message de soutien
Transition from student to new graduate in the time of COVID.
Nursing in the time of COVID has been and continues to be the most physically and mentally challenging experience of my life. It has been a rollercoaster ride of emotions where I have felt joy and happiness, only to be hit with fear and uncertainty. I found myself at times regretting my decision to become a nurse and subsequently feeling guilty for these thoughts.
As a new-graduate nurse I was hired to my dream medical floor. One that I had past employment experience on as a student and had begun to develop connections to my soon- to-be co-workers. However due to COVID the hospital units were re-configured and staff were redeployed. The unit that I was hired to ceased to exist in the first 2 of 3 months of my new- graduate hours. For my first 11 shifts I worked as supernumerary on a newly amalgamated surgical and clinical teaching unit. The patient population consisted of heavy trauma patients and total care medical mysteries. It was 11 physically demanding shifts filled with new skills, new policies, new ways of doing and some not so welcoming and tired staff members. I remember coming home from my first shift on this new floor and ugly crying myself to sleep. I felt overwhelmed and out of my element. I felt constant anxiety and doubted my skills and abilities often. I spent most of my personal time between sets reliving the shifts. Like many I spent this time in my own personal bubble away from family and friends. I had no release and no healthy way to cope with the shock of transition. I felt very alone at this time.
Fortunately, for my next 13 shifts I was reunited with the redeployed staff members on the unit I was hired to. However, this meant I was working on our very busy and fast paced COVID unit. At this point I remember feeling overwhelmed with yet another change in patient population, acuity, skills, policies, unit layout and ways of doing. At this time in my new graduate hours I struggled with a new fear; bringing COVID home to my partner and his family. I felt guilty for bringing home my fears to my partner and for essentially being the reason that he stayed away from his parents and grandparents.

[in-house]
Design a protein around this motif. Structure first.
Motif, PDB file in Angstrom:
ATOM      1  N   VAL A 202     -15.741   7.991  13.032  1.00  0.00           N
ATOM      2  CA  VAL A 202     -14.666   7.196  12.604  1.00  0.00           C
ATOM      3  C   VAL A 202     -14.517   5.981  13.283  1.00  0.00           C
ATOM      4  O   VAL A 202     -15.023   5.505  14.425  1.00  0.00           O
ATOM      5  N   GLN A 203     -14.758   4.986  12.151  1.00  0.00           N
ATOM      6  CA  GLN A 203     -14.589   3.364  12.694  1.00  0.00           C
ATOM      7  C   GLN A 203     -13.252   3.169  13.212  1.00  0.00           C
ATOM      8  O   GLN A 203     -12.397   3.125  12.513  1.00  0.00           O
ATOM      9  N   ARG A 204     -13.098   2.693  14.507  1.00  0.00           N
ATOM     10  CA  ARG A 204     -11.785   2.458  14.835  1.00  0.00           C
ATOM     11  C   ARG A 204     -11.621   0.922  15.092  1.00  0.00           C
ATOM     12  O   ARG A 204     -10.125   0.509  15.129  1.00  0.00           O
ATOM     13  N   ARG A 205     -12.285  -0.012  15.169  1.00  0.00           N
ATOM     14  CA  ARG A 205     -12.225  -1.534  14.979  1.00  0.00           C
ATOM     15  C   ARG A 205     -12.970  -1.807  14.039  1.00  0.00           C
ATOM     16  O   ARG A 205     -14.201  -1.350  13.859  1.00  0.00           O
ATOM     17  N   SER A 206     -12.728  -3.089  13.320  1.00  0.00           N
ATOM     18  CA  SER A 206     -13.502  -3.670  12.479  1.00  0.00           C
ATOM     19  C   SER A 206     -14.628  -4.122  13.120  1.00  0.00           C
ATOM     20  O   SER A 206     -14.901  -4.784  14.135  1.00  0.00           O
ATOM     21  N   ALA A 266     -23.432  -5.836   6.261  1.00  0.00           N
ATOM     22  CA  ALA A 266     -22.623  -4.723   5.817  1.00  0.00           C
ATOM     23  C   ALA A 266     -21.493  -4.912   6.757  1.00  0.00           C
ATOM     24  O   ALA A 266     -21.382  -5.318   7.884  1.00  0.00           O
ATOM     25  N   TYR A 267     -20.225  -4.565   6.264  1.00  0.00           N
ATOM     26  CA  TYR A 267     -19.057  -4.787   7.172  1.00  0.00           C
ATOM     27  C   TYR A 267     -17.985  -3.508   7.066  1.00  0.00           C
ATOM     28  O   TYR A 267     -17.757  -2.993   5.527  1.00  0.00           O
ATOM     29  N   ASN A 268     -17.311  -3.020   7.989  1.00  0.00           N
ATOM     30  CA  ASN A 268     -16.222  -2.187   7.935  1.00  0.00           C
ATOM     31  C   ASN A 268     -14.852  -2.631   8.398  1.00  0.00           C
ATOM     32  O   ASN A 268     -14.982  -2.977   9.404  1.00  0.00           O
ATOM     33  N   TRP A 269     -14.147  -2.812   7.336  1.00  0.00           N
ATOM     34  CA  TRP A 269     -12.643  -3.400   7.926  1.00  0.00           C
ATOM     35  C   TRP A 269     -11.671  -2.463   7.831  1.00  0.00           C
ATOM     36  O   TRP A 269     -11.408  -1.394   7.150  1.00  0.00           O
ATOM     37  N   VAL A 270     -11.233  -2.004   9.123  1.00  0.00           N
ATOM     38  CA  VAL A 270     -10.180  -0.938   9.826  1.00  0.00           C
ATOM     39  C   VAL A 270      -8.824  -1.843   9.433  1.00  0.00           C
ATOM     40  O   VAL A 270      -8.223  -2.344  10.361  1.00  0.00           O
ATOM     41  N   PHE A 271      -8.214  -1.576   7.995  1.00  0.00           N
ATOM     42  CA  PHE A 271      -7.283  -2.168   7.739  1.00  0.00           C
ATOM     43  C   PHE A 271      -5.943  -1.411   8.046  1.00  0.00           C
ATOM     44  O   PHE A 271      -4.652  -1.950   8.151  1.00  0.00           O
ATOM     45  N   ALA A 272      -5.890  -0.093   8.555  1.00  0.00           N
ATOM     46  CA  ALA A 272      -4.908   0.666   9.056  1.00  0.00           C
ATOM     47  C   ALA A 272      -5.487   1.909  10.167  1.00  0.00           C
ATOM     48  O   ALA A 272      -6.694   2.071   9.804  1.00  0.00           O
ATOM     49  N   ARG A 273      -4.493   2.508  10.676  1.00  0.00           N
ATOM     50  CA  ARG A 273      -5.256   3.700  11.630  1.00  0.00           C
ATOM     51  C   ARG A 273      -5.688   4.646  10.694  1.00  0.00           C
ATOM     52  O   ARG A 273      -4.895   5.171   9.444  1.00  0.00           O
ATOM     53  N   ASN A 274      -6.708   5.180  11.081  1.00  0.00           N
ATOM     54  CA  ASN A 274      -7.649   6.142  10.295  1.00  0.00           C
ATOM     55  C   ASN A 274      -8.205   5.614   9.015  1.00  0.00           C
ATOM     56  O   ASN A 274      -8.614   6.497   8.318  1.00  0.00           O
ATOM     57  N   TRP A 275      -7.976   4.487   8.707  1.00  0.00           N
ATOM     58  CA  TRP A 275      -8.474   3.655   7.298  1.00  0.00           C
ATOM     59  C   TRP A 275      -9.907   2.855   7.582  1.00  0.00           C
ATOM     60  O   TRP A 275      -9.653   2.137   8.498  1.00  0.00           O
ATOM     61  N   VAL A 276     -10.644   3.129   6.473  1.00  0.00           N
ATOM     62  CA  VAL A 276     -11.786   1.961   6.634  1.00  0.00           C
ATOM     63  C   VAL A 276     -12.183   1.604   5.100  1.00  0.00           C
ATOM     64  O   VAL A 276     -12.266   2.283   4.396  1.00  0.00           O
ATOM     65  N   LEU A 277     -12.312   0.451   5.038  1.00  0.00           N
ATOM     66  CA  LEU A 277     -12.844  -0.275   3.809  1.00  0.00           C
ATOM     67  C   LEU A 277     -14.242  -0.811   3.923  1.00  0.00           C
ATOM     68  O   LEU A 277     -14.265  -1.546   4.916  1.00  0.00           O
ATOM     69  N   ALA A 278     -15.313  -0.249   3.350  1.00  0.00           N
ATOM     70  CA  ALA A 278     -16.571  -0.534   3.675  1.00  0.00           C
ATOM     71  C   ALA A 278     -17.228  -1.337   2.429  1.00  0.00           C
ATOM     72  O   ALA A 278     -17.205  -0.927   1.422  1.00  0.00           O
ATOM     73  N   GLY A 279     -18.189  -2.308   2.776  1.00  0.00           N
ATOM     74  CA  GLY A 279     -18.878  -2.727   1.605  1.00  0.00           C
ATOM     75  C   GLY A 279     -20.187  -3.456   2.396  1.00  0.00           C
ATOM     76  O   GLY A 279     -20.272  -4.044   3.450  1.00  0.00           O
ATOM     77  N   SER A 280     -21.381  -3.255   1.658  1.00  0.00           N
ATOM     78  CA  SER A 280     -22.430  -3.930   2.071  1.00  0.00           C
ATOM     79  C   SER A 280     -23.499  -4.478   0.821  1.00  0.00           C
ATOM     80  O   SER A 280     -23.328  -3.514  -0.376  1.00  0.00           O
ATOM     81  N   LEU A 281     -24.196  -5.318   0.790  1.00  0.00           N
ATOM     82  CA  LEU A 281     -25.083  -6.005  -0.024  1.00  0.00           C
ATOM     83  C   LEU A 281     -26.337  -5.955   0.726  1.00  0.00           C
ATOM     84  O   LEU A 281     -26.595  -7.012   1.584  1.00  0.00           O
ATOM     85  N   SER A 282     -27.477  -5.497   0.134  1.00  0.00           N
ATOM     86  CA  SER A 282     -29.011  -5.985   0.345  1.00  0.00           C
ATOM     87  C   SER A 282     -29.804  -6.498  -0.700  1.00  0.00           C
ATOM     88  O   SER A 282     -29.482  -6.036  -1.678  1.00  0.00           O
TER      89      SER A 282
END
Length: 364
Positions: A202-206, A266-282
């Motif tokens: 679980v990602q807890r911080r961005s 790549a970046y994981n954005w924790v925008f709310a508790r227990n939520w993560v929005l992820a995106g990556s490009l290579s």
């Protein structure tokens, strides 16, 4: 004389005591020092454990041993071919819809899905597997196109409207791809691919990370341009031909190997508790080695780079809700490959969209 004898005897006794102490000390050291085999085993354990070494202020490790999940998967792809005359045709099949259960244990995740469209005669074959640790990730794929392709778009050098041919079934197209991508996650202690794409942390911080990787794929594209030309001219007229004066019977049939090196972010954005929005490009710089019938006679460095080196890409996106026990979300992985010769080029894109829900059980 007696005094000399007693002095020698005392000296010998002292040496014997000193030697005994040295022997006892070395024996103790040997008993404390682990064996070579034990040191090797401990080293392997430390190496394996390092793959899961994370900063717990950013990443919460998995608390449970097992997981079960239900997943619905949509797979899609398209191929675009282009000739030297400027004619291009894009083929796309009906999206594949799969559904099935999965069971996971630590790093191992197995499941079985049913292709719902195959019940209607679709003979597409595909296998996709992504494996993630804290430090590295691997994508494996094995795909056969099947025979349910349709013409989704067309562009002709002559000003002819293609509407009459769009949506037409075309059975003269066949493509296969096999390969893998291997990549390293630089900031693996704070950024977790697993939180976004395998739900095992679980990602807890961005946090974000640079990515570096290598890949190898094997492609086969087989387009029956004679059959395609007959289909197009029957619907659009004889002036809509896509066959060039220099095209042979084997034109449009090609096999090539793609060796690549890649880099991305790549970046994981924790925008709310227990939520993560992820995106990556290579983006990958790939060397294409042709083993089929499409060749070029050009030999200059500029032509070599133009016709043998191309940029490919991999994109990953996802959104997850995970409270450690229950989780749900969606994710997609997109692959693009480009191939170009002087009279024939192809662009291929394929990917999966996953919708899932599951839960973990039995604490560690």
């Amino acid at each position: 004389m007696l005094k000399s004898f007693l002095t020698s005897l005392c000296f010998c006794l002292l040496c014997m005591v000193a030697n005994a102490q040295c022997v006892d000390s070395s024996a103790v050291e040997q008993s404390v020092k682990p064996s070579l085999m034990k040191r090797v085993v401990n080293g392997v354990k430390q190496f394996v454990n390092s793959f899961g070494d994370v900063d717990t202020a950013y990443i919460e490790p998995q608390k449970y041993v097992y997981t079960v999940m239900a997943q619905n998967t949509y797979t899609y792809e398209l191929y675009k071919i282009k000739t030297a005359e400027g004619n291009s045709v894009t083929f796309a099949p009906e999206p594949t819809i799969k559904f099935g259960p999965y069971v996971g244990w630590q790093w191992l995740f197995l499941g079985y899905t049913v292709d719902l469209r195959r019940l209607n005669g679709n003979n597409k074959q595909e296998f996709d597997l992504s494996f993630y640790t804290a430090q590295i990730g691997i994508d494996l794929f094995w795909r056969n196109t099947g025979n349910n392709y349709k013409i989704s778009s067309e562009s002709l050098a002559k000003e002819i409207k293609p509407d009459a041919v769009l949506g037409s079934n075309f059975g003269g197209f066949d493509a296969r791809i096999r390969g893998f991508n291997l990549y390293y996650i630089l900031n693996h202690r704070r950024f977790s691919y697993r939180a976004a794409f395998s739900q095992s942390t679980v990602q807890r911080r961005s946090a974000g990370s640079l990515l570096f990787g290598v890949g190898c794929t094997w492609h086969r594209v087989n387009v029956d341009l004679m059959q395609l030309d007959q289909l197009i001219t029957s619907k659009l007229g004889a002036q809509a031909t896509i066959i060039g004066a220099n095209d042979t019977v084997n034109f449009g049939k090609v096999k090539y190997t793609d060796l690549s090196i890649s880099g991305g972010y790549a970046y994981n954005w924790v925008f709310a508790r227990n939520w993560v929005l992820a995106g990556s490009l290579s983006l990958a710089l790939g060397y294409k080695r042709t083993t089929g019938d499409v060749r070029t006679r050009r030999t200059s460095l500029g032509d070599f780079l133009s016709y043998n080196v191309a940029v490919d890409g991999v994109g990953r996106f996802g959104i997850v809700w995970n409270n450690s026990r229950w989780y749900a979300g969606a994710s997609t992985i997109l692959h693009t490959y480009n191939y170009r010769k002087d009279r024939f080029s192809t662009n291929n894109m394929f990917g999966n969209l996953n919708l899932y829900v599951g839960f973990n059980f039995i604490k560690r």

During the final shifts of my new graduate hours I was moved one last time, thankfully to the re- opened unit that I was originally hired to. I remember feeling some of the fear and anxiety I was carrying with me leave and found some relief and comfort in the routine and familiarity of the unit I knew and enjoyed as a student. As my supernumerary hours came to an end and I began working for the first time truly on my own as a registered nurse I began to thankfully gain confidence in my practice. I remember having mornings when I would wake up with a knot in my stomach in anticipation for the day to come, however, as I forced myself to pick up shifts the unease slowly faded.
Now at 7 months as a new graduate nurse I look forward to picking up work. There are days that are tough physically and emotionally, where I doubt myself, question my decisions and feel incompetent. But then again, there are days that I feel great about the quality of care I provided and my ability to think critically and communicate effectively with patients and co-workers. I have yet to find a way to truly cope with COVID in both my professional and personal life. I do however feel that I have become more resilient and have an appreciation for the knowledge I have gained in this time if not for the changes and challenges brought on by COVID. I do hope that as COVID persists that I will be able to adapt and find ways to cope. It is my hope that I will be able to rediscover the passion I had for nursing as a student in the near future as a new graduate nurse and have a very rewarding and fulfilling career in the many years to come in this profession.